Assimilation and Immigration in America

Last month, the highest court in France upheld the decision to deny the French citizenship to a woman from Algeria who refused to shake the hand of a French official. The denial is based on France’s requirement that new citizens “assimilate” into French society. The French court ruling ruled that the woman’s refusal to shake hands was a “failure to assimilate,” which is a requirement of French immigration law.

This forces us to ask the question, should immigrants be required to “assimilate” to become citizens? In the case of France, and even México the answer is yes. But, but that makes me a hypocrite some of you, if not all of you, are crying out. How can you demand that immigrants to México “assimilate” to become citizens?

First, let me clarify that for me personally, I do not think “assimilation” should be a requirement to immigrate. That said, I have no problem with the French law. Why?

“Assimilation” is a slippery slope. Where does “assimilation” begin and where does it end? Is “assimilation” simply adopting the same customs and language, or is it an insidious requirement that all immigrants be Christians? Those are arguments that can be had around public policy. Each nation has the right to set its own public policy.

And this is precisely where the argument for the “assimilated” immigrant falls flat on its face in the United States. There are a significant number of Hispanics/Latinos in America that are citizens, and thus have the right to vote. As such, they have every right to set national policy. Many of them speak Spanish at home and many culturally lean towards their Hispanic heritage.

They are comfortable in their brown skins.

When the issue of the “assimilated” immigrants comes up in the United States it usually involves speaking English and adopting the ethics of American Evangelist Christianity. Therein lies the lie of the “assimilated” American.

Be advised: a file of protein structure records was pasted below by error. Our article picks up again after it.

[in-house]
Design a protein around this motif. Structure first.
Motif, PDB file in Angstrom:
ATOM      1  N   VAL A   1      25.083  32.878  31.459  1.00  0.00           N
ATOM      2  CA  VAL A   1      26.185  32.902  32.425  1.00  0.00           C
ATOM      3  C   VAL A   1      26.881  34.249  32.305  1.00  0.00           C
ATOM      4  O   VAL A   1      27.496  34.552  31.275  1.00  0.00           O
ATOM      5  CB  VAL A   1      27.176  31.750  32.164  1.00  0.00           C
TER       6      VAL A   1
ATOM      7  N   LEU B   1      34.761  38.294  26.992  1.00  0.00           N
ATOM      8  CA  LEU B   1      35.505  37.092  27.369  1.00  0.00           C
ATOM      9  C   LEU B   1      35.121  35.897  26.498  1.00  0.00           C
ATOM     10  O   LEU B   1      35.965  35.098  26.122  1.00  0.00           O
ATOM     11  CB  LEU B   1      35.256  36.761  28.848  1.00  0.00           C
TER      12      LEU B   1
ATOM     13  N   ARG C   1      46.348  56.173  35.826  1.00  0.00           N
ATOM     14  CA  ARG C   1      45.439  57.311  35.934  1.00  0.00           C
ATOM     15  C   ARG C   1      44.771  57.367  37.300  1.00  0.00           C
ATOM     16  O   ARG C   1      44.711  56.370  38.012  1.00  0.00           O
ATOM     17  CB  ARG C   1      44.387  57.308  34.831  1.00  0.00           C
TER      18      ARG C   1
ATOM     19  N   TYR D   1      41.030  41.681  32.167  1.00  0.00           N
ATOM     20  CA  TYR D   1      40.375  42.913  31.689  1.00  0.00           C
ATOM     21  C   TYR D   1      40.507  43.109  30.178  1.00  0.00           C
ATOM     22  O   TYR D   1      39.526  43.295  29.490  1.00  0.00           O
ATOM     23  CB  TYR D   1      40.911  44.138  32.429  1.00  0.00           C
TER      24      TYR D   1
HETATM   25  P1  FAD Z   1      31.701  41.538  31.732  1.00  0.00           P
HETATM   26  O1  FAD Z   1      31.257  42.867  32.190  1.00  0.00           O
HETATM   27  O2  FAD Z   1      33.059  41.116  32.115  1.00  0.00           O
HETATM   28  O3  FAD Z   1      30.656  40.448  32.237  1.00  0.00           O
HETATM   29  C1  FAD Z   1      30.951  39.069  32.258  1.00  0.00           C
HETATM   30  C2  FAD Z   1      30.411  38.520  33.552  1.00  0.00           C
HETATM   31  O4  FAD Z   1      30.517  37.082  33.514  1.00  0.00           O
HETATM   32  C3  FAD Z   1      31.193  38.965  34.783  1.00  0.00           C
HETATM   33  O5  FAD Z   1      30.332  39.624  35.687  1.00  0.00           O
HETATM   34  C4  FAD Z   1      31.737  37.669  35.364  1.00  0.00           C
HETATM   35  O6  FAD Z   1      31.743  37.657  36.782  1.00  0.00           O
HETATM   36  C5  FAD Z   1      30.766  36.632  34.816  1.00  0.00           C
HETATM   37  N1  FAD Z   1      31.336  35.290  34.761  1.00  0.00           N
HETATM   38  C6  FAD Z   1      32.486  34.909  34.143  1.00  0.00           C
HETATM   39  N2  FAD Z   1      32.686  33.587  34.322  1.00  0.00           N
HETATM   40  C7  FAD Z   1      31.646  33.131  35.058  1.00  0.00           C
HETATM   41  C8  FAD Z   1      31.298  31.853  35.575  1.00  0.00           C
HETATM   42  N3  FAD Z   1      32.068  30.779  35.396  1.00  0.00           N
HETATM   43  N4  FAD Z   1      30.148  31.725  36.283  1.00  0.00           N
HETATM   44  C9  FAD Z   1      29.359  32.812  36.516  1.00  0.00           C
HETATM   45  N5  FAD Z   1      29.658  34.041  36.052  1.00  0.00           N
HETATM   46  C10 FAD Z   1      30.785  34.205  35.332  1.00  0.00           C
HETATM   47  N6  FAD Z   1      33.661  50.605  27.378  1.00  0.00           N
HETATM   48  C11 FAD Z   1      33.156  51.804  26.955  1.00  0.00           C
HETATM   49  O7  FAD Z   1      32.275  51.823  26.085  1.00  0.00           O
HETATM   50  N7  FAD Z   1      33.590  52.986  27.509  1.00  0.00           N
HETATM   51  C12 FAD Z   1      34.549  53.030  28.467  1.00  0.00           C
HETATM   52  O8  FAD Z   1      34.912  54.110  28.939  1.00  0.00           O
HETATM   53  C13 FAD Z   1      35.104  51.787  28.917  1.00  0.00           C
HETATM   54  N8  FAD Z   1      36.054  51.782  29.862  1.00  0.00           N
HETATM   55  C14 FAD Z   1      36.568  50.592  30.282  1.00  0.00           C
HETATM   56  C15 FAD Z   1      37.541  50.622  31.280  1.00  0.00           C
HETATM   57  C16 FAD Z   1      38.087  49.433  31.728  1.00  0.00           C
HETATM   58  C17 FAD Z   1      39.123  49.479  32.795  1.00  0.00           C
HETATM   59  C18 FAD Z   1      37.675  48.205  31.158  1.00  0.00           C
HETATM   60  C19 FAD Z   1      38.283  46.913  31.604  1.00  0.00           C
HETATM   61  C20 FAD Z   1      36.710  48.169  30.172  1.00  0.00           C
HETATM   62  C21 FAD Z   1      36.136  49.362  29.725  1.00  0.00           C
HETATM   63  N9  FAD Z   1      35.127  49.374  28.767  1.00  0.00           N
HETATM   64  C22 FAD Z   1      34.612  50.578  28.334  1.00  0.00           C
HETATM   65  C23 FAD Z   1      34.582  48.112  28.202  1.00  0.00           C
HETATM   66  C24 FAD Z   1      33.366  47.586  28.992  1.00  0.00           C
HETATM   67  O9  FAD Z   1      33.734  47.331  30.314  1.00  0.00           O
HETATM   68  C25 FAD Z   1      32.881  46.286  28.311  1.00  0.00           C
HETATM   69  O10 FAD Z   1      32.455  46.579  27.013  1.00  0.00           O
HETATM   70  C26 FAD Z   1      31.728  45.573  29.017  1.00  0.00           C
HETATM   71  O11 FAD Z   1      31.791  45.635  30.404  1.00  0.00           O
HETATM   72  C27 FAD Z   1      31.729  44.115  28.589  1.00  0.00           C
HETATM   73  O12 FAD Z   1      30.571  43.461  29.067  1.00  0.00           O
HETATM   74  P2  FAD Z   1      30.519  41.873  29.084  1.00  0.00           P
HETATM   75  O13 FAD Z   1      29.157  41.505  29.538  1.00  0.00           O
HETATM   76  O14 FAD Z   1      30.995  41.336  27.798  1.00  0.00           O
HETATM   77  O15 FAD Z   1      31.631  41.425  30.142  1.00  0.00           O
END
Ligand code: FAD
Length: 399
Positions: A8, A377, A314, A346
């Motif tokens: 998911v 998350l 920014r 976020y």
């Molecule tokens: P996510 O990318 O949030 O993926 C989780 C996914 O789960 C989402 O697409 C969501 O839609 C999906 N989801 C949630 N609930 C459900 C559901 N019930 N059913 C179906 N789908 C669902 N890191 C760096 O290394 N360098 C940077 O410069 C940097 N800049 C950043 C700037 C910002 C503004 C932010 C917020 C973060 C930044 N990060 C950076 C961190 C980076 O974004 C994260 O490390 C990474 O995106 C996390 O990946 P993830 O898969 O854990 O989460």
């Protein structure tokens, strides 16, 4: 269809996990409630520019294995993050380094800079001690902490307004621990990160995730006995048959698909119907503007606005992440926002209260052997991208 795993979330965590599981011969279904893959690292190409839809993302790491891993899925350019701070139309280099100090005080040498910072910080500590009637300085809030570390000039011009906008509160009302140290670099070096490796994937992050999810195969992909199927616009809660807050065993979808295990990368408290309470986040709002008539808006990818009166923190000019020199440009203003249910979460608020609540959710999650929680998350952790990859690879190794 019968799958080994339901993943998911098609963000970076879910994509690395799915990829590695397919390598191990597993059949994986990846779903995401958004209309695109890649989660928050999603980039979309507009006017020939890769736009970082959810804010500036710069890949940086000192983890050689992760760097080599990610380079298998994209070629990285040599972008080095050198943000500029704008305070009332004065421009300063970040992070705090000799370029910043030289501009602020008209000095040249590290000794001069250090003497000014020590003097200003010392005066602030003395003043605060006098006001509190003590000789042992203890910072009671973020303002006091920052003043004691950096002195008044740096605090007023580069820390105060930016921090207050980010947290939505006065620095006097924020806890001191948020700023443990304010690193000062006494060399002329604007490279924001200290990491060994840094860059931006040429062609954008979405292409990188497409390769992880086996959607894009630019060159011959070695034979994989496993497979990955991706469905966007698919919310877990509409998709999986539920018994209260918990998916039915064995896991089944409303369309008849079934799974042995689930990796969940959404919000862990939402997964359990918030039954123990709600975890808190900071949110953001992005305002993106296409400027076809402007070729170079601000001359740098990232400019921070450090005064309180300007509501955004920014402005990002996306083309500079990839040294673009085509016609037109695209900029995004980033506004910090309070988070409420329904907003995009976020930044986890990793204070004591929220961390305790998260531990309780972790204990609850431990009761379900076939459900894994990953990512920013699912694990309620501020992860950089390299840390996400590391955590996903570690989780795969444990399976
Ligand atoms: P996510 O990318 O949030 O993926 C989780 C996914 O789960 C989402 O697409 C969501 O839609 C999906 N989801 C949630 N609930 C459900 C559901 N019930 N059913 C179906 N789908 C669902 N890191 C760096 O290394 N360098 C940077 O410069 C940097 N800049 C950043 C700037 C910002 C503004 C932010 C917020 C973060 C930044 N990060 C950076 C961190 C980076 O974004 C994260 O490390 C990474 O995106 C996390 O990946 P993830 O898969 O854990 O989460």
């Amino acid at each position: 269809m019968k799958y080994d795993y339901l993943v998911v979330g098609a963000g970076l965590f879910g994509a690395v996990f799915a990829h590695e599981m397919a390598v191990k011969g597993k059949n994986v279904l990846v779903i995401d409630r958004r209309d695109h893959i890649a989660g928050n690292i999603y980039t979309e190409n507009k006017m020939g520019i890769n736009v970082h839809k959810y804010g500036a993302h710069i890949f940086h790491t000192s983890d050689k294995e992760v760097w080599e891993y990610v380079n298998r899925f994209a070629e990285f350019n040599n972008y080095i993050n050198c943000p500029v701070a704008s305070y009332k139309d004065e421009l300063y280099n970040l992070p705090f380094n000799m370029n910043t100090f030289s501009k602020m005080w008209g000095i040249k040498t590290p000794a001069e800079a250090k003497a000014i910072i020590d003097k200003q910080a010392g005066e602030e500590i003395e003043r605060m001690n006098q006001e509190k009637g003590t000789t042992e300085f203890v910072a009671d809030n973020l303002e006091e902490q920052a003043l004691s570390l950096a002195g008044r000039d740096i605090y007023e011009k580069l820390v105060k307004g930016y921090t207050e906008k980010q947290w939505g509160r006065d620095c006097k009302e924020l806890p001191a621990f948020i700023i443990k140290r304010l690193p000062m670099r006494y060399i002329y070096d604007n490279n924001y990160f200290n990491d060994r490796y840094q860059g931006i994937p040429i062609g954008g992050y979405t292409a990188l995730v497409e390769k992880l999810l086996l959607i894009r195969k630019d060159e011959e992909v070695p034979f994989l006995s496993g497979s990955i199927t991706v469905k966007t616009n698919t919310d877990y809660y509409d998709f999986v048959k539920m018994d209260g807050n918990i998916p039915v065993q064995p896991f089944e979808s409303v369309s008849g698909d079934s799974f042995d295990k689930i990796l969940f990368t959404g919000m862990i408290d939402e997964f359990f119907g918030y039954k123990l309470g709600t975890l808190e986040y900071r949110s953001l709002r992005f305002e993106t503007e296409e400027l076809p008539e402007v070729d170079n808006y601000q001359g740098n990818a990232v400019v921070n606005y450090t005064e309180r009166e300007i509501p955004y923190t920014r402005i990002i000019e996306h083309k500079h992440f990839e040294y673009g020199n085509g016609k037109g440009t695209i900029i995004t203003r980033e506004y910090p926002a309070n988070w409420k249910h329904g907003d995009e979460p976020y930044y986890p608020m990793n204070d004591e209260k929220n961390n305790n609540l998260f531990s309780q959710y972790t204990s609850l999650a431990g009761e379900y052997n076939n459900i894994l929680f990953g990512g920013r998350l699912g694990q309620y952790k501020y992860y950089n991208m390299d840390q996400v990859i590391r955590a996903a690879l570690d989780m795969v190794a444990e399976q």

As U.S. citizens, American Hispanics and Latinos have the same rights to set public policy according to their wants and needs. If an Hispanic U.S. citizen wants to speak Spanish, what is wrong with that? If an American Latino wants to eat spicy food with tortillas, instead of a hot dog, what is wrong with that?

The United States is a democracy based on public policy created through laws pushed forth by U.S. citizens. If Americans – a majority of them – really wanted English to be the official language, or the “assimilated” language of the nation, then why hasn’t the people passed a law making it so?

The answer to that question is the answer that those pushing “assimilated” immigrants don’t want to address.

This brings us back to France’s “assimilated immigrant” requirement. The French people voted that into law and thus it is required of immigrants.

The United States has not enacted “assimilated” immigrant laws and thus the demand that immigrants be “assimilated” is an outright violation of the law. If the American people truly wanted “assimilated” immigrants, then the required laws would be forthcoming.

They are not. Why?

That’s because the drive towards “assimilated” immigrants is being pushed forth by a loud minority of the nation.

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